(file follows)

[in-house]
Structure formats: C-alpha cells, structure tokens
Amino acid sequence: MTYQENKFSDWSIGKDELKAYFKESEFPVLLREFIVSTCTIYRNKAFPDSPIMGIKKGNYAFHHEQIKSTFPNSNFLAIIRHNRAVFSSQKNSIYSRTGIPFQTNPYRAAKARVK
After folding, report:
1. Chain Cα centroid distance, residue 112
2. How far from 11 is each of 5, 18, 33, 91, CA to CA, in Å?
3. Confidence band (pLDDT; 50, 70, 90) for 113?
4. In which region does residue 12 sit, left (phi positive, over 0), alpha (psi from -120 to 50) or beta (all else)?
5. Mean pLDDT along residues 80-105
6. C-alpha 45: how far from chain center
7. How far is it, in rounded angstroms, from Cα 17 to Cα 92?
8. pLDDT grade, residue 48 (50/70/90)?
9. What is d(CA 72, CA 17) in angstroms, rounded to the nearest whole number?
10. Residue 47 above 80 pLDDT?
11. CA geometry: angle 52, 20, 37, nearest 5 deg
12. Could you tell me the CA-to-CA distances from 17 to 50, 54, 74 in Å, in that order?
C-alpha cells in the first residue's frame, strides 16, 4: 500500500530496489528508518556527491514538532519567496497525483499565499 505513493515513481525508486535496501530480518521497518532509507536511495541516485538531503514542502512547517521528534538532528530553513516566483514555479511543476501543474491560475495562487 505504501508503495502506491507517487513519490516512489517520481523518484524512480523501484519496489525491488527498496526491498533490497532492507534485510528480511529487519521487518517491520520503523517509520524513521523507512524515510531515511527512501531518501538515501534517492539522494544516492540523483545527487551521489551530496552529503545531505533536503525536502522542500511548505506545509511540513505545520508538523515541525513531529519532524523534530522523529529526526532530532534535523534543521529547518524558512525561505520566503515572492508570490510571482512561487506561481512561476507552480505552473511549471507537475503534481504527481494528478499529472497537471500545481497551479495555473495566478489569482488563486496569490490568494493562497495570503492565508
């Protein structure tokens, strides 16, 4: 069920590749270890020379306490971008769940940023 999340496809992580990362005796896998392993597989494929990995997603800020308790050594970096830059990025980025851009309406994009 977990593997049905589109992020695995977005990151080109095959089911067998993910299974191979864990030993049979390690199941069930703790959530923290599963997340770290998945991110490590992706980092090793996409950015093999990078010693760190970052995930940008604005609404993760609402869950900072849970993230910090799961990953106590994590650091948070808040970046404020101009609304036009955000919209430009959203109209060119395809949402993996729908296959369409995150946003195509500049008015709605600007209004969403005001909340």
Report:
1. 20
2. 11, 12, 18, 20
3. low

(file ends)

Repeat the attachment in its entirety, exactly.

[in-house]
Structure formats: C-alpha cells, structure tokens
Amino acid sequence: MTYQENKFSDWSIGKDELKAYFKESEFPVLLREFIVSTCTIYRNKAFPDSPIMGIKKGNYAFHHEQIKSTFPNSNFLAIIRHNRAVFSSQKNSIYSRTGIPFQTNPYRAAKARVK
After folding, report:
1. Chain Cα centroid distance, residue 112
2. How far from 11 is each of 5, 18, 33, 91, CA to CA, in Å?
3. Confidence band (pLDDT; 50, 70, 90) for 113?
4. In which region does residue 12 sit, left (phi positive, over 0), alpha (psi from -120 to 50) or beta (all else)?
5. Mean pLDDT along residues 80-105
6. C-alpha 45: how far from chain center
7. How far is it, in rounded angstroms, from Cα 17 to Cα 92?
8. pLDDT grade, residue 48 (50/70/90)?
9. What is d(CA 72, CA 17) in angstroms, rounded to the nearest whole number?
10. Residue 47 above 80 pLDDT?
11. CA geometry: angle 52, 20, 37, nearest 5 deg
12. Could you tell me the CA-to-CA distances from 17 to 50, 54, 74 in Å, in that order?
C-alpha cells in the first residue's frame, strides 16, 4: 500500500530496489528508518556527491514538532519567496497525483499565499 505513493515513481525508486535496501530480518521497518532509507536511495541516485538531503514542502512547517521528534538532528530553513516566483514555479511543476501543474491560475495562487 505504501508503495502506491507517487513519490516512489517520481523518484524512480523501484519496489525491488527498496526491498533490497532492507534485510528480511529487519521487518517491520520503523517509520524513521523507512524515510531515511527512501531518501538515501534517492539522494544516492540523483545527487551521489551530496552529503545531505533536503525536502522542500511548505506545509511540513505545520508538523515541525513531529519532524523534530522523529529526526532530532534535523534543521529547518524558512525561505520566503515572492508570490510571482512561487506561481512561476507552480505552473511549471507537475503534481504527481494528478499529472497537471500545481497551479495555473495566478489569482488563486496569490490568494493562497495570503492565508
């Protein structure tokens, strides 16, 4: 069920590749270890020379306490971008769940940023 999340496809992580990362005796896998392993597989494929990995997603800020308790050594970096830059990025980025851009309406994009 977990593997049905589109992020695995977005990151080109095959089911067998993910299974191979864990030993049979390690199941069930703790959530923290599963997340770290998945991110490590992706980092090793996409950015093999990078010693760190970052995930940008604005609404993760609402869950900072849970993230910090799961990953106590994590650091948070808040970046404020101009609304036009955000919209430009959203109209060119395809949402993996729908296959369409995150946003195509500049008015709605600007209004969403005001909340």
Report:
1. 20
2. 11, 12, 18, 20
3. low